The crown of Saint Erik
A king’s crown which in all probability is the funeral crown of St Erik. It is made of mercury-gilded copper with red, blue and green glass stones, and it may have been made for the burial of St Erik in 1160.
The Crown of St Erik is made of copper. The outside of the crown circlet is mercury-gilded and has a simple engraved pattern and red, blue and green glass stones. The top has eight small protuberances, every second one of which is believed to have been four tall spires shaped into lilies or crosses. Small cavities on the inside can be construed as attachments for a lost fabric cap. These signs suggest that we are dealing with a funeral crown. Moreover, less work has been done to the back, suggesting that the crown was only meant to be seen from in front.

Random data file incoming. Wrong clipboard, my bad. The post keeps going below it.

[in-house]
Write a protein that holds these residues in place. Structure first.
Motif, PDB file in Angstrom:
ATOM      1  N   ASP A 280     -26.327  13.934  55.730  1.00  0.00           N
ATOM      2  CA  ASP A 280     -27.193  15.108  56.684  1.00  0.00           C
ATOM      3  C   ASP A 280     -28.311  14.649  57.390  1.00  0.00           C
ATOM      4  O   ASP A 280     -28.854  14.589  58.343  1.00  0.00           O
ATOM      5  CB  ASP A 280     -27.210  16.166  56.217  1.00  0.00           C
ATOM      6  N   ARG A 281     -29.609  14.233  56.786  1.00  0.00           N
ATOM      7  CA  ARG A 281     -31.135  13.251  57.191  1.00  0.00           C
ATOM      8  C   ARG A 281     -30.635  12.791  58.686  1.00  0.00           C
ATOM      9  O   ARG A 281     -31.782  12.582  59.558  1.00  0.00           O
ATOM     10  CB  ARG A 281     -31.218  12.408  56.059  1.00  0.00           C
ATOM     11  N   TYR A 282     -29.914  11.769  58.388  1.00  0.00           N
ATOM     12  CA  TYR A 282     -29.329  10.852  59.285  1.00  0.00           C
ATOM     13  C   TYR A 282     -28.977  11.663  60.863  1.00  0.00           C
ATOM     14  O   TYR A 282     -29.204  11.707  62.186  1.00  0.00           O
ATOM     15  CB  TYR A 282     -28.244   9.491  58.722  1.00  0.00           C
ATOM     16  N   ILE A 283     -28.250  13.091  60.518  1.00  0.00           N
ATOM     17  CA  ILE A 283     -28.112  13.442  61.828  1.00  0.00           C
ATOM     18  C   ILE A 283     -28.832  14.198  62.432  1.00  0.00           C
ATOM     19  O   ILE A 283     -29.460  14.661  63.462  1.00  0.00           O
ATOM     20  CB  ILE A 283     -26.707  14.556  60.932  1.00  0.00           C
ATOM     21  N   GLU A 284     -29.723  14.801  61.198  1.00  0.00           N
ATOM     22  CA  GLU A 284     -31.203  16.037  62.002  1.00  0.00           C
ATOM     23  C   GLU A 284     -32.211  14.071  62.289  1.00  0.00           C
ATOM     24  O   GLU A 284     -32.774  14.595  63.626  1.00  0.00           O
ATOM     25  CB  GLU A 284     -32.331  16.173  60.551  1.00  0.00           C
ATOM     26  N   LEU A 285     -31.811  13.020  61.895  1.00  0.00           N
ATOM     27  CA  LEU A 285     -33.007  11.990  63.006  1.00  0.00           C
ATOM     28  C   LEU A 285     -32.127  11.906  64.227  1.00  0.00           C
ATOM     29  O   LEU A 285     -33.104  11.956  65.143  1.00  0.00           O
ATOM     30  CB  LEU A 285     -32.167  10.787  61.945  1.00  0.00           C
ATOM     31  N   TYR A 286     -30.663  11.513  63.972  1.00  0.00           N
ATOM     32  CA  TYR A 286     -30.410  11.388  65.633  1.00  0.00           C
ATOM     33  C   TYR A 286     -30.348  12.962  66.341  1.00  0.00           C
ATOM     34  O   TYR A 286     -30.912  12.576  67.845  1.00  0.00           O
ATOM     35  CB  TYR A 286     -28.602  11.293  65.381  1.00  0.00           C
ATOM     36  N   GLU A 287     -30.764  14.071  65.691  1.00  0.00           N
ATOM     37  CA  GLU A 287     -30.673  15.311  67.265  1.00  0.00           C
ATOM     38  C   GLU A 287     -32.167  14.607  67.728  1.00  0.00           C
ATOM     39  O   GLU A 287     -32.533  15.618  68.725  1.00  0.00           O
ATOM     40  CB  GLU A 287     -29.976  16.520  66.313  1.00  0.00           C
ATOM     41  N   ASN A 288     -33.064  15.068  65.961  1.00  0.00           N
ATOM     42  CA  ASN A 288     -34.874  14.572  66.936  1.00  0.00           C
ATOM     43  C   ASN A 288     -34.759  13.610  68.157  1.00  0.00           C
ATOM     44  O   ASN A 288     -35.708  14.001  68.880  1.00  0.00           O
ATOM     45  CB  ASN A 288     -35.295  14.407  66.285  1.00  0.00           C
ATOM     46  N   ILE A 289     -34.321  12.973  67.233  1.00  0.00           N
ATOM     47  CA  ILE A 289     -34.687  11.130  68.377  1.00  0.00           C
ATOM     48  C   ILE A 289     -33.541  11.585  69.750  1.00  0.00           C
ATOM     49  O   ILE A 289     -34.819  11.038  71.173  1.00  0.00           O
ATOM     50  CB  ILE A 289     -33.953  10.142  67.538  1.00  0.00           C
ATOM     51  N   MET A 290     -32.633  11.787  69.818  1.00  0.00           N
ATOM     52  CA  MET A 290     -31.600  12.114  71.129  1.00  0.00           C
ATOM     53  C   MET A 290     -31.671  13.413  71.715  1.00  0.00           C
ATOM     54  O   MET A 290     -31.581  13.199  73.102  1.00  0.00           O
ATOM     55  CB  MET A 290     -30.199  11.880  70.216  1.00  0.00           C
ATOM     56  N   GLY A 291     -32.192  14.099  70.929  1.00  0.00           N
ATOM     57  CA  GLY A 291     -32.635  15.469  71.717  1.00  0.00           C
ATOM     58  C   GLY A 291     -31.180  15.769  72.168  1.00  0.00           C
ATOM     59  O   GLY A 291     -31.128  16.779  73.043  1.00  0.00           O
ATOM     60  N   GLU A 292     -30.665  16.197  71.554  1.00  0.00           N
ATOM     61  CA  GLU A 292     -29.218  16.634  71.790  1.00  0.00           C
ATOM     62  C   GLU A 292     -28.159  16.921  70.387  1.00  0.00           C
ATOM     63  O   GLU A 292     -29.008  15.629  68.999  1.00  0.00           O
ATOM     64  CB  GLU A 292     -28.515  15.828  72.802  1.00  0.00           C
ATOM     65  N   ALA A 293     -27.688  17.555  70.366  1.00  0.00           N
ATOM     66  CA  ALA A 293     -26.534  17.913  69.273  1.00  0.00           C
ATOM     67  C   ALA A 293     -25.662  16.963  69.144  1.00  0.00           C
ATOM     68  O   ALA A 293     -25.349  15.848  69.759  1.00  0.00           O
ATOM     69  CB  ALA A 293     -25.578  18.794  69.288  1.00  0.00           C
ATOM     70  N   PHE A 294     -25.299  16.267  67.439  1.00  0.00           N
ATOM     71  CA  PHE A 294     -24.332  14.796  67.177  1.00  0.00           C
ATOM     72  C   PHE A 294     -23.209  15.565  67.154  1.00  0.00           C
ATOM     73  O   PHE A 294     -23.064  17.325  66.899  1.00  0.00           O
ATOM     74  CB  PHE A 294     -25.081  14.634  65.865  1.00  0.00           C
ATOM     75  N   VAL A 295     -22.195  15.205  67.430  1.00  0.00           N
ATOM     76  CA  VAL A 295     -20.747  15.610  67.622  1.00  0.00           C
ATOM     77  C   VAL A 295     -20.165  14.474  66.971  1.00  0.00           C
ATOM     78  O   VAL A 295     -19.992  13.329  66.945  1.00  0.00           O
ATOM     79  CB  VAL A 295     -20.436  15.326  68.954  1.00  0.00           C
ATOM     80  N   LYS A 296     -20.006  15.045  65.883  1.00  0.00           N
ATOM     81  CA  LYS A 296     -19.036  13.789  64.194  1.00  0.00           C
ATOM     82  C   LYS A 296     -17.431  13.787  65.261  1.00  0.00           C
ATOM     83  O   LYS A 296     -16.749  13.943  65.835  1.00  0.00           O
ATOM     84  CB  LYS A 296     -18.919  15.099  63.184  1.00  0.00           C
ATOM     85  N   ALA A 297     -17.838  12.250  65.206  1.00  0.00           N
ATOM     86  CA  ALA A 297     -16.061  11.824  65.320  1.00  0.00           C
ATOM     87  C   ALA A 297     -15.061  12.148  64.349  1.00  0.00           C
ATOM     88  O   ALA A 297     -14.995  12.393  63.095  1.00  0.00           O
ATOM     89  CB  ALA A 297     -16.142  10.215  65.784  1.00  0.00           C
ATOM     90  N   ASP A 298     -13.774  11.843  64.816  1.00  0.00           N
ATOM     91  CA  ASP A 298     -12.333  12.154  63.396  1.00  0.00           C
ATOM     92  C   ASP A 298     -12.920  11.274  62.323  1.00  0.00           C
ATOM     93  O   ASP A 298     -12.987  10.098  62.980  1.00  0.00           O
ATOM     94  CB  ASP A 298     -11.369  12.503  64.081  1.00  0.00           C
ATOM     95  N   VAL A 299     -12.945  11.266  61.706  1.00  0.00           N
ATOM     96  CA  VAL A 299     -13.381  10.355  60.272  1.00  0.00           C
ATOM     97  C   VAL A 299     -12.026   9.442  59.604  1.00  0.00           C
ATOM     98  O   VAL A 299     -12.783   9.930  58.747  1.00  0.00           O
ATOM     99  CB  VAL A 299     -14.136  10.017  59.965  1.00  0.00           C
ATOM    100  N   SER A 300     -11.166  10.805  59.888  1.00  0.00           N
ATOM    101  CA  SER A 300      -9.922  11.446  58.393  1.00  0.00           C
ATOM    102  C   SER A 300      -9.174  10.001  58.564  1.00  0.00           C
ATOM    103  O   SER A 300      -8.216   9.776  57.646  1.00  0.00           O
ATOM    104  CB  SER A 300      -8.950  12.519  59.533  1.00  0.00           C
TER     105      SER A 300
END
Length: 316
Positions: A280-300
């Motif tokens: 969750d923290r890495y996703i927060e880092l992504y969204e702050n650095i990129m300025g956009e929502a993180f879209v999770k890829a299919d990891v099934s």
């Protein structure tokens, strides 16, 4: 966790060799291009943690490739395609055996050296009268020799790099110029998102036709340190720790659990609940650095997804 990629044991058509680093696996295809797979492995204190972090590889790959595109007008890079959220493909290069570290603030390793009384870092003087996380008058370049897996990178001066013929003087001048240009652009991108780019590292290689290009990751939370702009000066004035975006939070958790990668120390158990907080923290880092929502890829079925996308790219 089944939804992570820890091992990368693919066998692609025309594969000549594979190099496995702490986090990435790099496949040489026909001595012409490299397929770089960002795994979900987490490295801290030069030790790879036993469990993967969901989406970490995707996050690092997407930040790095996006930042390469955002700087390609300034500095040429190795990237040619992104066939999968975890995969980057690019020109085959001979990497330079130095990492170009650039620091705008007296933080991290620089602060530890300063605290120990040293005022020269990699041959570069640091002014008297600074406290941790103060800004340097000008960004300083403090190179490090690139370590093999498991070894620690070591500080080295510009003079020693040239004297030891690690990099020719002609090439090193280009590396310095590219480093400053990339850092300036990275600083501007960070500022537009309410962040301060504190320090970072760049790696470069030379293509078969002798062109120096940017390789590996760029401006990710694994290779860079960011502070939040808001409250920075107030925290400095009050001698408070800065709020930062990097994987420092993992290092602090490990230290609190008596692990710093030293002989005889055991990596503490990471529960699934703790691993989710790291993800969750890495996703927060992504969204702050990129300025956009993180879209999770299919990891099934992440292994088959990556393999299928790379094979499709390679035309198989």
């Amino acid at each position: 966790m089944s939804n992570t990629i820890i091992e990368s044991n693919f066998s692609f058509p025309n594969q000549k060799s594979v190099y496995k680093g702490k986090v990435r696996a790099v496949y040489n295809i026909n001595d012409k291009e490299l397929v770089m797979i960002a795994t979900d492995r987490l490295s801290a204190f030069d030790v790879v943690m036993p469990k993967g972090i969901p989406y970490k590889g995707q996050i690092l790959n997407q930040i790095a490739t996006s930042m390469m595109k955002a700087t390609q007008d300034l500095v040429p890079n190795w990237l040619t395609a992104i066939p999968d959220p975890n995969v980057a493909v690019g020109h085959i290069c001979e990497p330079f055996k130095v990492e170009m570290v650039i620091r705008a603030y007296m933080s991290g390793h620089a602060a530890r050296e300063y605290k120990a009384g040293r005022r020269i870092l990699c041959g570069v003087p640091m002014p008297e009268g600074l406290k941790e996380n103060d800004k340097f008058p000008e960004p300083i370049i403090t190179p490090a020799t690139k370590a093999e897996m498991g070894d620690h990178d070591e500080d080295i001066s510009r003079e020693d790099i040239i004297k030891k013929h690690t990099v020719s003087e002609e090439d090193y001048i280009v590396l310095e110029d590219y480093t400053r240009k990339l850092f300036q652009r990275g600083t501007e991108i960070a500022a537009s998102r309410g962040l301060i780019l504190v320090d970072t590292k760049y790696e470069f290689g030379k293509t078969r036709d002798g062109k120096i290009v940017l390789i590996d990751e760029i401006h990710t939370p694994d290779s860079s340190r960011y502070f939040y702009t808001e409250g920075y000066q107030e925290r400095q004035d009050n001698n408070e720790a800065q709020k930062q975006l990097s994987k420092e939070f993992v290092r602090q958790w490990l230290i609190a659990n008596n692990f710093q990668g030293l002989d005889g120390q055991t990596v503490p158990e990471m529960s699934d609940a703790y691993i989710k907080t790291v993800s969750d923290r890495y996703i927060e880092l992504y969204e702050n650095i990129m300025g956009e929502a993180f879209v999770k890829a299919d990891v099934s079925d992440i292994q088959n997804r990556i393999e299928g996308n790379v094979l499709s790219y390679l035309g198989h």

This crown was probably made for the funeral of St Erik in 1160. Research has among other things uncovered two similar crowns from the same period, one in Germany and one in Poland. St Erik was probably translated from his first burial place at Östra (East) Aros, present-day Uppsala, during the second half of the 12th century. Another possibility is that the crown was made for this translation.
Together with the bones of St Erik, the crown was probably looked on as one of his relics. This could also account for the worn state of the crown, in that it would then probably have been shown to pilgrims and touched by them during the great feasts of St Erik and on other red-letter days.
This is the oldest surviving regal crown in Sweden and the Nordic countries.